On Friday night, some Muslim students at the University of Oklahoma felt like they needed to do something after President Donald Trump signed an executive order on Friday night banning immigrants and refugees from seven majority Muslim countries for at least 90 days.

“I personally didn’t believe it,” Adbul Qadar, an OU student and Muslim Student Association member, said.

Qadar said throughout the election he didn’t think Trump would create a ban on Muslim immigrants and that is was all campaign rhetoric. When he found out about the executive order, he was surprised and hurt.

“I’m an American, I love America and my people love America,” Qadar said. “It pretty much tells all Muslims ‘we don’t want you here’.”

He was one of many OU students from different immigrant communities who went to social media to talk about how they could respond.

Natasha Saya, the president of the OU Muslim Student Association, said the idea of a solidarity march happened organically.

“We came up with the idea independently and when Natasha mentioned in a group chat that this was an idea someone brought up to her,” Amanah Fatima, the co-president of the Religious Studies Student Association.

Student leaders and members from the OU Muslim Student Association, the Religious Studies Student Association and the Hispanic-American Student Association, as well as other student groups wanted to join the march.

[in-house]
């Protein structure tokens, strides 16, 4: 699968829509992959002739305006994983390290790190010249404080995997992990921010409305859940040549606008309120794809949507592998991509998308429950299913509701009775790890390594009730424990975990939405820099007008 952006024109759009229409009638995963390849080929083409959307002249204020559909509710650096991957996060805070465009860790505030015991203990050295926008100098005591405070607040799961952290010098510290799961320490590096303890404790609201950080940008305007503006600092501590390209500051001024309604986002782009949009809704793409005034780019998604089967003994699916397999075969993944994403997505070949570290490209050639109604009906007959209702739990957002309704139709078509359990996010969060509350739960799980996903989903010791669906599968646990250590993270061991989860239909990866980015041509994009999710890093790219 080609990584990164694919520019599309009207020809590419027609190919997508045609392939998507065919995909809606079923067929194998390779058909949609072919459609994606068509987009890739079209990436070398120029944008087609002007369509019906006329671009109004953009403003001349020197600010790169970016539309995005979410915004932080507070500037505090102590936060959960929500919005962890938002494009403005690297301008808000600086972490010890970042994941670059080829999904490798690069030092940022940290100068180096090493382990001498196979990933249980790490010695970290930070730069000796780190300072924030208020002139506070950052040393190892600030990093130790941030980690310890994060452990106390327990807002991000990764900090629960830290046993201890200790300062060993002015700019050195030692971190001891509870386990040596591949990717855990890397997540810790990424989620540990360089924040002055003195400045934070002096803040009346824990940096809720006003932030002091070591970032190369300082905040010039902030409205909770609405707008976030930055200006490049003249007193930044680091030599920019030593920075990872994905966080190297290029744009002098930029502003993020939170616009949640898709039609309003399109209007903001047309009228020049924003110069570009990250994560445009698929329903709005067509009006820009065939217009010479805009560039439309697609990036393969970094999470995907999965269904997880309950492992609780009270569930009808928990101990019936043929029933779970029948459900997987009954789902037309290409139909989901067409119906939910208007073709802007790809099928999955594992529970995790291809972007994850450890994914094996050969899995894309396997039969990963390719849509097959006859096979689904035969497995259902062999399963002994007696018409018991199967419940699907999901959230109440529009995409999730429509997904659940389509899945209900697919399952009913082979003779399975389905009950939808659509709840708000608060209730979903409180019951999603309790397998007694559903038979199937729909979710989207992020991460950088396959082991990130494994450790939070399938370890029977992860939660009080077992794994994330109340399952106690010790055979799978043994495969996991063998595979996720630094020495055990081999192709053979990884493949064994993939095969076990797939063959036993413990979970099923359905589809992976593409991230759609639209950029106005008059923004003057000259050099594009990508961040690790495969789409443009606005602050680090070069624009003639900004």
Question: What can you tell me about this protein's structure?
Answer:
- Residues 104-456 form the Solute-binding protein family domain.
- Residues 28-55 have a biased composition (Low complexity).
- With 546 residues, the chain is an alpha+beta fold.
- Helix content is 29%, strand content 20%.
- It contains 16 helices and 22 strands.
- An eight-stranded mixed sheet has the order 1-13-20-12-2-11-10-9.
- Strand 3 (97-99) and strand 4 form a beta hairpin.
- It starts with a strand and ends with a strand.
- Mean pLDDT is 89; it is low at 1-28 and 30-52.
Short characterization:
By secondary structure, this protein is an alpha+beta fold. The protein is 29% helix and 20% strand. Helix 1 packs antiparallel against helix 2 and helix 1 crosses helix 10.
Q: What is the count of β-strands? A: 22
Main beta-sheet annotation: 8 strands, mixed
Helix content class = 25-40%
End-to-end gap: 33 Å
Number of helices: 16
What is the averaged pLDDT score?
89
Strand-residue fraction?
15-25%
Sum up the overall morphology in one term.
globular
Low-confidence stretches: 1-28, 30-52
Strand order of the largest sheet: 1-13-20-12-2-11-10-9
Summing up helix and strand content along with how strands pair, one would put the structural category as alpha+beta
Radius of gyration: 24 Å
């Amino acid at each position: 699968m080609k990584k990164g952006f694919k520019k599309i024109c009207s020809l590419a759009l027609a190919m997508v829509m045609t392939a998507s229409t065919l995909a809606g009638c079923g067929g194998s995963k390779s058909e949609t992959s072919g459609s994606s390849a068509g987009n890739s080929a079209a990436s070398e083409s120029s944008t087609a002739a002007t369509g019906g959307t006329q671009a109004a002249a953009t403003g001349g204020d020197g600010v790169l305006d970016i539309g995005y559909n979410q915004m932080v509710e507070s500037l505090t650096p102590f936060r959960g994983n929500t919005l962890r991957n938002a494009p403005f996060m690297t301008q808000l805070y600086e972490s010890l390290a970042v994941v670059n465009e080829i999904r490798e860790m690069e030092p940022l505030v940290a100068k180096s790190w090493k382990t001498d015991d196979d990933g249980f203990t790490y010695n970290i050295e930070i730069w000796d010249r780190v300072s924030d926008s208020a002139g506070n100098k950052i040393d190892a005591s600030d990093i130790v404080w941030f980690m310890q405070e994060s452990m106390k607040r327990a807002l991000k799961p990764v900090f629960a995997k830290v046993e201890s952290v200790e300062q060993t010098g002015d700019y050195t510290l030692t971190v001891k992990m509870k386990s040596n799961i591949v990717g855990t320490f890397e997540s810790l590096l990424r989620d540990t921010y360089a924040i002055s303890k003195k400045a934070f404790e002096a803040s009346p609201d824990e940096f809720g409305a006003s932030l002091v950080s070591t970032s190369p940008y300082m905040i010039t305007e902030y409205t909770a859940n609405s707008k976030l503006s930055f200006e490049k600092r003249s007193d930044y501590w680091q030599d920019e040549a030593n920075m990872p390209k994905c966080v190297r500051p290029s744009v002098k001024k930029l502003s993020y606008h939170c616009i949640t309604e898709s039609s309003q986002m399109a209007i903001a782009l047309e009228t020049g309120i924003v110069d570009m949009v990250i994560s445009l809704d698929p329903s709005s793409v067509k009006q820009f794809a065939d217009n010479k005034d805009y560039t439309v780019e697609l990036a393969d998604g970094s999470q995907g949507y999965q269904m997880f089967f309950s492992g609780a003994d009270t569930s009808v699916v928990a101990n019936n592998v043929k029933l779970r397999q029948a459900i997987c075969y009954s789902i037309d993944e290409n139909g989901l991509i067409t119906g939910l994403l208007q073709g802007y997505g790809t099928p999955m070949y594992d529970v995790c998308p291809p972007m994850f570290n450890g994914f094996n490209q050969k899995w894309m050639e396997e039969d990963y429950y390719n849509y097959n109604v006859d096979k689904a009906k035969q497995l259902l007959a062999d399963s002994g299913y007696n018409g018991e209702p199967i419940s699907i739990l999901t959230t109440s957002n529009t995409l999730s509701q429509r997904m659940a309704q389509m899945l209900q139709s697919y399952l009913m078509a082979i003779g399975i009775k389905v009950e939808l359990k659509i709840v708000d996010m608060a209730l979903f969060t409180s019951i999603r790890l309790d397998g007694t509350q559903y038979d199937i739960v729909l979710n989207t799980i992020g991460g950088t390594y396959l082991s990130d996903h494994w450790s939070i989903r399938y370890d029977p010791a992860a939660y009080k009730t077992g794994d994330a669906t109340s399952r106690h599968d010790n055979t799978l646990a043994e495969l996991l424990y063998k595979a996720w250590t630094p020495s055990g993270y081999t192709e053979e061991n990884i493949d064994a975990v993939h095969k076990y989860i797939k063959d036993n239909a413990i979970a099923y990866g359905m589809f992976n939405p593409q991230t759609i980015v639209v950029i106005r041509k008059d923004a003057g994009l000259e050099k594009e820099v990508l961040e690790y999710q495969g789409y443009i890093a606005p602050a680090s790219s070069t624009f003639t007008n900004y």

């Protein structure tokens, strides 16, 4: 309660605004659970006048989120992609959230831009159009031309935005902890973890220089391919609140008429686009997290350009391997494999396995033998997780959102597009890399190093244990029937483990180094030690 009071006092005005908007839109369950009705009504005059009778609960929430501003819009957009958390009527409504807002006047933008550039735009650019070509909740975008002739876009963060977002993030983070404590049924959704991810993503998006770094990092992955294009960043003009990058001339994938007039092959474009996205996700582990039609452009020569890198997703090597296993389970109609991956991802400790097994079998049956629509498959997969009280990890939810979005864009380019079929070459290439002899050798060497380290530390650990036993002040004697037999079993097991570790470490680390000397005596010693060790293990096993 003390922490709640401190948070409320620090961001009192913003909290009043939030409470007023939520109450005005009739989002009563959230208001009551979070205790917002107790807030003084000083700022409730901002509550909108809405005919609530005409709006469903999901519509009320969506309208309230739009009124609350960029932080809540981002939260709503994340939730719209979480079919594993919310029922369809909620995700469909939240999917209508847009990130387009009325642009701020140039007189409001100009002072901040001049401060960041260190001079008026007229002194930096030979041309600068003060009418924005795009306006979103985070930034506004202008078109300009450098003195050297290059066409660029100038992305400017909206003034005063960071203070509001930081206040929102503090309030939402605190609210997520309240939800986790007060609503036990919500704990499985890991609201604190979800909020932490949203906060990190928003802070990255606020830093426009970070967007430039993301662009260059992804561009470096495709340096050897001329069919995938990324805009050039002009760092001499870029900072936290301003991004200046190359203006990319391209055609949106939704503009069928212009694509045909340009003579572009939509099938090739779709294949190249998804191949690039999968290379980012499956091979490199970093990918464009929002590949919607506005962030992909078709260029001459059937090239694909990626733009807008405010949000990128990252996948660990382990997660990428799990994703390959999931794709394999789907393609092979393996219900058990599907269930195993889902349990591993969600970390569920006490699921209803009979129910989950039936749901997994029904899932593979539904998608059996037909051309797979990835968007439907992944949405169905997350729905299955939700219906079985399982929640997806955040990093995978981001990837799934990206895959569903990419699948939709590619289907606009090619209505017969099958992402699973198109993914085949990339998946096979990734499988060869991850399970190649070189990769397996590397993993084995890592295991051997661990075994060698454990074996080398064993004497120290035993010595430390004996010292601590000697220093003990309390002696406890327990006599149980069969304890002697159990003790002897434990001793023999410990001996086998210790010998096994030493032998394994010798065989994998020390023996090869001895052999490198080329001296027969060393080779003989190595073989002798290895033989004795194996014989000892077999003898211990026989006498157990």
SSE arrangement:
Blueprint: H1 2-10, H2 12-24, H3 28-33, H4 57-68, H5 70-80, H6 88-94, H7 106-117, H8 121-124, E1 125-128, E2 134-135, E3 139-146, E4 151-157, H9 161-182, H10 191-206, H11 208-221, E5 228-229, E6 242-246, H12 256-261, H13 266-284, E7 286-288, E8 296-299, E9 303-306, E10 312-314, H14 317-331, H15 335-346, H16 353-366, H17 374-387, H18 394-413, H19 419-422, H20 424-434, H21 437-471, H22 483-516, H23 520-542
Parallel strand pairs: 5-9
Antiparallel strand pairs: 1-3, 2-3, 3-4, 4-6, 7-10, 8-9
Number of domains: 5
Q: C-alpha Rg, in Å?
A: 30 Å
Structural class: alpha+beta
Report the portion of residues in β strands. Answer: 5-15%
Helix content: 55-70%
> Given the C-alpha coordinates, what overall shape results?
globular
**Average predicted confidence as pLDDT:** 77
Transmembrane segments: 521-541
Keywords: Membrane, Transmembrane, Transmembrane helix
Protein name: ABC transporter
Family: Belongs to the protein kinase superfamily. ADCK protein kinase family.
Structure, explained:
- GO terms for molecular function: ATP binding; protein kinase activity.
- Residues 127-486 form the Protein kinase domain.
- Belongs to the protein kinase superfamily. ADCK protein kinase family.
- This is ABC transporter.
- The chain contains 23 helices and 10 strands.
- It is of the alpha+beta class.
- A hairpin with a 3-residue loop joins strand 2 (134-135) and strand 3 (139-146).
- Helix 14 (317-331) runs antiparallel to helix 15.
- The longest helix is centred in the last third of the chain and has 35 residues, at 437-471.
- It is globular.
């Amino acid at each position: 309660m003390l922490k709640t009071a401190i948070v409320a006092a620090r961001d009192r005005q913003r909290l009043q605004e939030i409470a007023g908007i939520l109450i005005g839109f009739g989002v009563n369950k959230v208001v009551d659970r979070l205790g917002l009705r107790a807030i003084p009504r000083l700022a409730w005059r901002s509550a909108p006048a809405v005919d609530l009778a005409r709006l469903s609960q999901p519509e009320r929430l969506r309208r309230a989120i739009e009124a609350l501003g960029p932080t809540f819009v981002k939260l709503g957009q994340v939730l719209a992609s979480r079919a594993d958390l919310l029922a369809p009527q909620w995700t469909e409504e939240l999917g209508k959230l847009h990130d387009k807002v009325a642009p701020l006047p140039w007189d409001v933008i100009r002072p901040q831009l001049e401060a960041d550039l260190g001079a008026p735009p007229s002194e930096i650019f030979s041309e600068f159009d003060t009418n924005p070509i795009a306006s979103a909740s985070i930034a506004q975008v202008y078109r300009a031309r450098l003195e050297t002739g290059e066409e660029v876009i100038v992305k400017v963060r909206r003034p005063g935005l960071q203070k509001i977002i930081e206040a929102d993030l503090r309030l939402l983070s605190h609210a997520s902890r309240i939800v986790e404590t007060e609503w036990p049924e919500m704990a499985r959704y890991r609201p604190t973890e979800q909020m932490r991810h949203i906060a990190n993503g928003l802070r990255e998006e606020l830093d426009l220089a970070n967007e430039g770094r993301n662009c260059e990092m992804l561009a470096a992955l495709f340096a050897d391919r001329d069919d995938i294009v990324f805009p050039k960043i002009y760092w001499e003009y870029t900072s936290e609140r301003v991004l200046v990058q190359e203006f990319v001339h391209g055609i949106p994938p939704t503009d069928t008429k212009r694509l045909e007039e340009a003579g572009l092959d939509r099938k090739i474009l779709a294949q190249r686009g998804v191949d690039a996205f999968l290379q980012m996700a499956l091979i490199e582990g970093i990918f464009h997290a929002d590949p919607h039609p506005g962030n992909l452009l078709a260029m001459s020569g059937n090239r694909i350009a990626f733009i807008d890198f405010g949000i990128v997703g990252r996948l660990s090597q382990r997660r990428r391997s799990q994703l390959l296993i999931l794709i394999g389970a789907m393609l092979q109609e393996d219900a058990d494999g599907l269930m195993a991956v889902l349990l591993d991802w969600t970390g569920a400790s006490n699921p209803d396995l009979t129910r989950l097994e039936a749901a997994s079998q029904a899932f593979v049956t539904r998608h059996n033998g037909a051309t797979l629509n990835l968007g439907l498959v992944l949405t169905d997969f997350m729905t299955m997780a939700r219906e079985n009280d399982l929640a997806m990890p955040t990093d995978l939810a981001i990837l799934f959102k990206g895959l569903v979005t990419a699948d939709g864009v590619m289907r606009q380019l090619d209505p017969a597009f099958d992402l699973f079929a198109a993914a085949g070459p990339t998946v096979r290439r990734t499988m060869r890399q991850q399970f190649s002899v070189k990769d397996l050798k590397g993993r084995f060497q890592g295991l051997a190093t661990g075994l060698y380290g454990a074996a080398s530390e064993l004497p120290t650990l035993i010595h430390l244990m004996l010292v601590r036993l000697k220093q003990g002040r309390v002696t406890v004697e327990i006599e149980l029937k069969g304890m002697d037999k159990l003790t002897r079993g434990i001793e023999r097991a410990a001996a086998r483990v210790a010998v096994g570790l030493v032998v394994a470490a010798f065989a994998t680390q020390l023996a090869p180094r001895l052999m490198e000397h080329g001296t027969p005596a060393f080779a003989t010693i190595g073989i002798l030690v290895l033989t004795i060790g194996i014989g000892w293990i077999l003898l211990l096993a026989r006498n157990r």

“I made the Facebook event and within half an hour, 100 people had signed up,” Saya said.

Fatima, Saya and Qadar all said the students behind the event were surprised by the immediate response. At last count, 400 people plan to attend and 1,000 are interested. Qadar said he expects 300 to 400 people to attend.

“The entire Muslim community is upset, scared and unsure of what will happen next,” Fatima said. “My family is lucky enough that we are all citizens, but even so, this is not right. We’re a nation of immigrants and I have always taken great pride in this fact; diversity enriches our nation and is what makes America so great.”

Qadar said the outpouring of support for immigrant communities has been particularly heartening.

The OU Solidarity March will be from 12:30 p.m. to 2 p.m on Feb. 2. It will begin in front of the Bizzell Memorial Library and move toward the Unity Garden on the South Oval, where marchers will be served hot cocoa and cookies while listening to the speakers.

“I feel like the response is so great it just exceeded my expectations,” Saya said.